Now, in Tony's original email he said "Benny did, of course, record a session at FAME at the very end of his Atco career, and I think that’s where the confusion lies." Well, according to the Atlantic Session Discography, Ben E. did indeed cut down in Muscle Shoals in 1967, but it wasn't at FAME...
It was at Quin Ivy's Norala Studio, where Atlantic had been having such success with Percy Sledge (if you haven't already, be sure to check out detective Pete Nickols' great article over at Deep Soul Heaven, Quin Ivy And His Norala and Quinvy Studios).

ATCO 6527

She Knows What To Do For Me

Produced by Ivy and his partner Marlin Greene, this is just an awesome record, folks. If it seems to have a little bit of a New Orleans vibe to it, that's because it does. Check out the songwriters - none other than Mac Rebbenack and Jessie Hill, who had formed a team out on the West Coast, working on other ATCO releases by folks like Buffalo Springfield and Sonny & Cher before they busted things wide open with the whole Night Tripper thing the following year. Another name that jumps out at you from the session 'overdub' credits is Melvin Lastie, who had been an original member of the AFO All Stars before making the move to Los Angeles with Harold Battiste to work at Sam Cooke's 'Soul Stations'. As we've mentioned before, Ahmet Ertegun (to his eternal credit) brought the whole bunch of them to his West Coast ATCO operation after Sam was murdered in late 1964. Lastie's fellow horn men on this session include, interestingly, King Curtis and David 'Fathead' Newman - which kind of makes me think that this 45 may have been a bi-coastal affair, with layers of horns added both in L.A. and N.Y.

So, like, where did this whole idea that Rick Hall produced Ben E. King come from in the first place?

Well, Tony Rounce asked Rick Hall about that and had this to say -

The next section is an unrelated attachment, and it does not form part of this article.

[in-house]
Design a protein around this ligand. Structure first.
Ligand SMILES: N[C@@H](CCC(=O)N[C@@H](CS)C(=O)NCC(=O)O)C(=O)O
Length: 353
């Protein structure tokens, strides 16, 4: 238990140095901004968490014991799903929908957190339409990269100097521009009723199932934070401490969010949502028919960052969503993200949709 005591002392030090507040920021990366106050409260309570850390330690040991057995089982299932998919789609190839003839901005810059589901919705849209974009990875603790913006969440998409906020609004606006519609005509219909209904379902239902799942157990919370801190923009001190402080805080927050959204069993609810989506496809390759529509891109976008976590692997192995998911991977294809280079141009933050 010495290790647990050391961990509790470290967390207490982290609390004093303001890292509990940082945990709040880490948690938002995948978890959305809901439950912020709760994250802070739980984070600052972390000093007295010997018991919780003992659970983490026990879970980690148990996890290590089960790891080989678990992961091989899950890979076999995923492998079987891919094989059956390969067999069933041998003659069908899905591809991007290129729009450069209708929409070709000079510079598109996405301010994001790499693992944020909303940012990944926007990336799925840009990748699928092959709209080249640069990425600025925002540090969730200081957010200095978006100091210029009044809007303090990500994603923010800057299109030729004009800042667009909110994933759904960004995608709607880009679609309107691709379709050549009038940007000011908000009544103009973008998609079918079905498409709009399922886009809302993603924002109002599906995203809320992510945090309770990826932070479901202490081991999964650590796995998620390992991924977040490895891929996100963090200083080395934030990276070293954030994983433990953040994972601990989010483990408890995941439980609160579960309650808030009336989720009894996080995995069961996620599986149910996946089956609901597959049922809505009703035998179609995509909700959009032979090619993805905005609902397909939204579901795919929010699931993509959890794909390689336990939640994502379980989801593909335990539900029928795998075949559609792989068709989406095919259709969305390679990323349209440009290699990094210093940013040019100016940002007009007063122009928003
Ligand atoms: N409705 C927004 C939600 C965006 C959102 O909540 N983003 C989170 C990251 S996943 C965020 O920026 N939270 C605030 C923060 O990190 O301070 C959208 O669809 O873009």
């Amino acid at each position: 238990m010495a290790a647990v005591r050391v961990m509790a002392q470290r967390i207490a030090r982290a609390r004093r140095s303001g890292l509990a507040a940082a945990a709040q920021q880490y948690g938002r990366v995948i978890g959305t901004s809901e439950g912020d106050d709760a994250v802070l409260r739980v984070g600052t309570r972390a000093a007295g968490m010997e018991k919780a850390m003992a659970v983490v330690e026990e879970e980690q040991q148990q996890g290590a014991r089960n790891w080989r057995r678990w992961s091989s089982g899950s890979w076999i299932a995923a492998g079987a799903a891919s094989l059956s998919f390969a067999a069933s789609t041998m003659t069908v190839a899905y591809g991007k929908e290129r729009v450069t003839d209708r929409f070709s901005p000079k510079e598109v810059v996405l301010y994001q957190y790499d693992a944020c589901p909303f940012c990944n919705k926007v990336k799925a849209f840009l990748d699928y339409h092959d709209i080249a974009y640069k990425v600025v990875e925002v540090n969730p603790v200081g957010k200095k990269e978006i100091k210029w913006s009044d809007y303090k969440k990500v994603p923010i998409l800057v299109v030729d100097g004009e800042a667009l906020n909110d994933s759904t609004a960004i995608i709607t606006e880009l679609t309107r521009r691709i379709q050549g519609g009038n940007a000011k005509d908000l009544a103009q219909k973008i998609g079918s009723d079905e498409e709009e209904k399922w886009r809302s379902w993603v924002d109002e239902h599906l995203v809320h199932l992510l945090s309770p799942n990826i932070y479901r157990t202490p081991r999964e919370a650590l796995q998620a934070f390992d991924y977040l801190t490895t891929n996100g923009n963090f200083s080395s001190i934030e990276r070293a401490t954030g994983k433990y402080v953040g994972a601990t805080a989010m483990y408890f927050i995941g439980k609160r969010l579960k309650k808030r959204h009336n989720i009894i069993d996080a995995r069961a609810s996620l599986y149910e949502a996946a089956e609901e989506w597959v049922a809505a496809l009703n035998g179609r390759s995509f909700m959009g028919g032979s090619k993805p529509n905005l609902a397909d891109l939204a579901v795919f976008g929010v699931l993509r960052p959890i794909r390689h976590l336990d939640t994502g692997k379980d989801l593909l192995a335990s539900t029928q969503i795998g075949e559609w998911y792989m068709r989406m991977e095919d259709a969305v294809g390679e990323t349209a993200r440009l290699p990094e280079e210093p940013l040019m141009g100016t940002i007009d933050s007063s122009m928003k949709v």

Rick definitely didn’t produce “So Much Love” – that’s straight from the horse’s mouth. He remembers Benny coming to Muscle Shoals to record, not long before Wexler stopped using FAME studios on a regular basis and moved to Criteria, but he never went up to New York to produce anything on him.

He did recall cutting “So Much Love” with Maurice & Mac at FAME, though. Maybe that’s where the confusion starts.

Maurice & Mac?

As we all know, Leonard Chess made a deal with Rick Hall shortly after Jerry Wexler left the building in the wake of the Aretha debacle. Rick cut some truly epic recordings down there on Chess artists like Etta James, Irma Thomas and Laura Lee. It's a commonly accepted fact that Lee's Dirty Man, which was released in September of 1967, came from the earliest of these sessions... but I'm thinking Maurice & Mac might have gotten there first. The criminally under-appreciated Soul Duo, who came up out of The Radiants in 1966, had what may be the definitive version of You Left The Water Running released on Checker in early 1968. The version of "So Much Love" that Rick told Tony about appears to have been issued almost a year earlier.

In Nadine Cohoda's excellent Spinning Blues Into Gold she said; "...Hall learned a valuable lesson from Leonard about what a producer should do. When he told Leonard that he didn't have any songs he was excited about for another Chess act, Leonard chided him. 'I thought that's what a producer's job was, finding the songs.' 'No one had ever put it to me that way,' Hall said later, 'I thought he was right. Leonard talked like that- Get off your ass and find the damn song!''

Having Ben E. King in the neighborhood might just have been Rick's inspiration for finding this one:

Checker 1179

So Much Love

Just top shelf Southern Soul my friends, with Rick's 'second rhythm section' just cranking it out. Think that's Eddie Hinton on the guitar? Yet another example of a truly great record that somehow fell through the cracks. If it took this whole crazy convoluted process to find it, then so be it!

Thank You Tony Rounce, Rick Hall and Noel-23 for getting us there!


Ace detective Peter Nickols has gotten back in touch with some further interesting facts about Chess recording at Fame:

The Ben King aspects are clearly now all sorted but I thought I'd add a bit re the Maurice & Mac version of So Much Love...